Glockenspiel and Crotales

A keyboard percussion instrument, also known as a bar or mallet percussion instrument, is a pitched percussion instrument arranged in a similar pattern to a piano keyboard and played with hands or percussion mallets.[1] While most keyboard percussion instruments are fully chromatic, keyboard instruments for children, such as ones used in the Orff Schulwerk, may be diatonic or pentatonic.

Despite the name, keyboard instruments such as the celesta and keyboard glockenspiel are not considered keyboard percussion, owing to the different skills required to play them. These instruments are percussion instruments in most senses but are part of the keyboard section rather than the percussion section of an orchestra. Keyboard percussion instruments do not possess keyboards as such, but instead follow the arrangement of the keyboard.

Keyboard percussion instruments include marimba, xylophone, vibraphone, glockenspiel, and tubular bells.[2]

Current manufacturers

See also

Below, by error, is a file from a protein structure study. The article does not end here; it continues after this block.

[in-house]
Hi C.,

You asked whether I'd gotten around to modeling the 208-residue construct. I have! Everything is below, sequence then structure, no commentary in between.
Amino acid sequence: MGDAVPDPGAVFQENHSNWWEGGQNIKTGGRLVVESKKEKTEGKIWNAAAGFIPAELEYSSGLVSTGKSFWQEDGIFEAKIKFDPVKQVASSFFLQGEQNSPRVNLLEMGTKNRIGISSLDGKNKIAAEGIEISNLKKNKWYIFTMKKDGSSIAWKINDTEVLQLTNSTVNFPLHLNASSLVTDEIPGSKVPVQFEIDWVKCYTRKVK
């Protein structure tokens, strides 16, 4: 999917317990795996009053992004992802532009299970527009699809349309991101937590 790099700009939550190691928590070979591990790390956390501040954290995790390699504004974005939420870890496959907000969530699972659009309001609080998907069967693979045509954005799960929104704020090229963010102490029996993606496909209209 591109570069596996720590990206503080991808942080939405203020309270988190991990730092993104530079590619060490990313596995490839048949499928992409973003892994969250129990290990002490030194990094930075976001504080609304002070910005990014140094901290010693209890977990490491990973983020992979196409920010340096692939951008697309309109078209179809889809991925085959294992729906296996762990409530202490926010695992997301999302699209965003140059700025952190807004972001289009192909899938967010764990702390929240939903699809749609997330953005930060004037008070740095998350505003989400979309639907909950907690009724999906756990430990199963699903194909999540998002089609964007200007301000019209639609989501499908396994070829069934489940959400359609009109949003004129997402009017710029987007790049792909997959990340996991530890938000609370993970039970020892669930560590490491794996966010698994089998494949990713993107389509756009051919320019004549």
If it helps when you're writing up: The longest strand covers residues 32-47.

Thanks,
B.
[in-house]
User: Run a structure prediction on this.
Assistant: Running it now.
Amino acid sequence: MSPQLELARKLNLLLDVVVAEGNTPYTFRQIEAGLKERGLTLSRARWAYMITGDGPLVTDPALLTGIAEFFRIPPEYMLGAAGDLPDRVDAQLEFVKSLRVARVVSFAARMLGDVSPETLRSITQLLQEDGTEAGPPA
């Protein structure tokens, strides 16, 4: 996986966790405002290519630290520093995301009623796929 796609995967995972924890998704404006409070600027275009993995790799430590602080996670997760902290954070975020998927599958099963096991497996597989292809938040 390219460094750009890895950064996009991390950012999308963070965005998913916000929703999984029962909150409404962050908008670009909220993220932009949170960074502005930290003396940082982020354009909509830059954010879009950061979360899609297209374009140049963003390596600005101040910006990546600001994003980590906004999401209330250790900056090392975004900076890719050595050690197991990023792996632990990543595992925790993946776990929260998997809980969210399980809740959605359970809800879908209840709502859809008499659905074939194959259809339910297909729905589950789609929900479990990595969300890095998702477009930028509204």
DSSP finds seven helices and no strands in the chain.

References

  1. ^ Strain, James Allen (2017). A Dictionary for the Modern Percussionist and Drummer. Lanham, MD: Rowman & Littlefield Publishers. p. 100. ISBN 978-0-8108-8693-3. OCLC 974035735.
  2. ^ http://www.pas.org/Libraries/PASIC_Archives/ChandlerNorton97.sflb.ashx Archived 2011-04-17 at the Wayback Machine Retrieved 6 March 2012: The standard keyboard percussion family of instruments includes the marimba, xylophone, vibraphone, orchestra bells (glockenspiel), and chimes (tubular bells).
  3. ^ "Vibraphone". Ittervoort, Netherlands: Adams Musical Instruments. Retrieved 2016-01-23.
  4. ^ "Majestic Concert Vibraphone". Majestic Holland B.V. Retrieved 2016-01-23.
  5. ^ "Vibraphones". Musser Mallet Percussion. Conn-Selmer, Inc. Retrieved 2016-01-23.
  6. ^ "Vibraphones". Yamaha. Retrieved 2016-01-23.